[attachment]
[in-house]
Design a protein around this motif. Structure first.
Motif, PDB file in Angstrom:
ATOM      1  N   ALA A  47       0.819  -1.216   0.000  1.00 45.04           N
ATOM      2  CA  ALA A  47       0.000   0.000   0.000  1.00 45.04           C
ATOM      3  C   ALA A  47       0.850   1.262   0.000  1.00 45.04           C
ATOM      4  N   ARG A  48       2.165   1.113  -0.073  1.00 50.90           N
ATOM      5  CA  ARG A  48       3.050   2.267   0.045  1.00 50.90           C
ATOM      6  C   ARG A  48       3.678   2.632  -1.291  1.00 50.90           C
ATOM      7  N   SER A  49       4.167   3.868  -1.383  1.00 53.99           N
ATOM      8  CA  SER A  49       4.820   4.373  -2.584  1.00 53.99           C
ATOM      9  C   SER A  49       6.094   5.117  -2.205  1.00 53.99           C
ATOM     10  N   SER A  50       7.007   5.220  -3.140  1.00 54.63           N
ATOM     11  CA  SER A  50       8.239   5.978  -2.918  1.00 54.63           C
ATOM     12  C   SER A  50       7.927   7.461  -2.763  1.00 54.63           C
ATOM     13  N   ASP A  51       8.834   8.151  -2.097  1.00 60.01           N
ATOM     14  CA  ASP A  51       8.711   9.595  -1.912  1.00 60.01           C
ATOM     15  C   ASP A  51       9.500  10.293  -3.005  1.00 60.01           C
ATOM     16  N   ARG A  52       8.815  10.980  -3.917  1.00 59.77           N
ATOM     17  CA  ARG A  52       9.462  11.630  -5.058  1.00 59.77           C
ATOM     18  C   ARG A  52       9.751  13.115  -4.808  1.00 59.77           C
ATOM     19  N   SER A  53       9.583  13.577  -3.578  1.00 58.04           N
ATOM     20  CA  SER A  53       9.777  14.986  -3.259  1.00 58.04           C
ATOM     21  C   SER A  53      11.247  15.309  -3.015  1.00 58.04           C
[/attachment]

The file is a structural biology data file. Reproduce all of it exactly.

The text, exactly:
[in-house]
Design a protein around this motif. Structure first.
Motif, PDB file in Angstrom:
ATOM      1  N   ALA A  47       0.819  -1.216   0.000  1.00 45.04           N
ATOM      2  CA  ALA A  47       0.000   0.000   0.000  1.00 45.04           C
ATOM      3  C   ALA A  47       0.850   1.262   0.000  1.00 45.04           C
ATOM      4  N   ARG A  48       2.165   1.113  -0.073  1.00 50.90           N
ATOM      5  CA  ARG A  48       3.050   2.267   0.045  1.00 50.90           C
ATOM      6  C   ARG A  48       3.678   2.632  -1.291  1.00 50.90           C
ATOM      7  N   SER A  49       4.167   3.868  -1.383  1.00 53.99           N
ATOM      8  CA  SER A  49       4.820   4.373  -2.584  1.00 53.99           C
ATOM      9  C   SER A  49       6.094   5.117  -2.205  1.00 53.99           C
ATOM     10  N   SER A  50       7.007   5.220  -3.140  1.00 54.63           N
ATOM     11  CA  SER A  50       8.239   5.978  -2.918  1.00 54.63           C
ATOM     12  C   SER A  50       7.927   7.461  -2.763  1.00 54.63           C
ATOM     13  N   ASP A  51       8.834   8.151  -2.097  1.00 60.01           N
ATOM     14  CA  ASP A  51       8.711   9.595  -1.912  1.00 60.01           C
ATOM     15  C   ASP A  51       9.500  10.293  -3.005  1.00 60.01           C
ATOM     16  N   ARG A  52       8.815  10.980  -3.917  1.00 59.77           N
ATOM     17  CA  ARG A  52       9.462  11.630  -5.058  1.00 59.77           C
ATOM     18  C   ARG A  52       9.751  13.115  -4.808  1.00 59.77           C
ATOM     19  N   SER A  53       9.583  13.577  -3.578  1.00 58.04           N
ATOM     20  CA  SER A  53       9.777  14.986  -3.259  1.00 58.04           C
ATOM     21  C   SER A  53      11.247  15.309  -3.015  1.00 58.04           C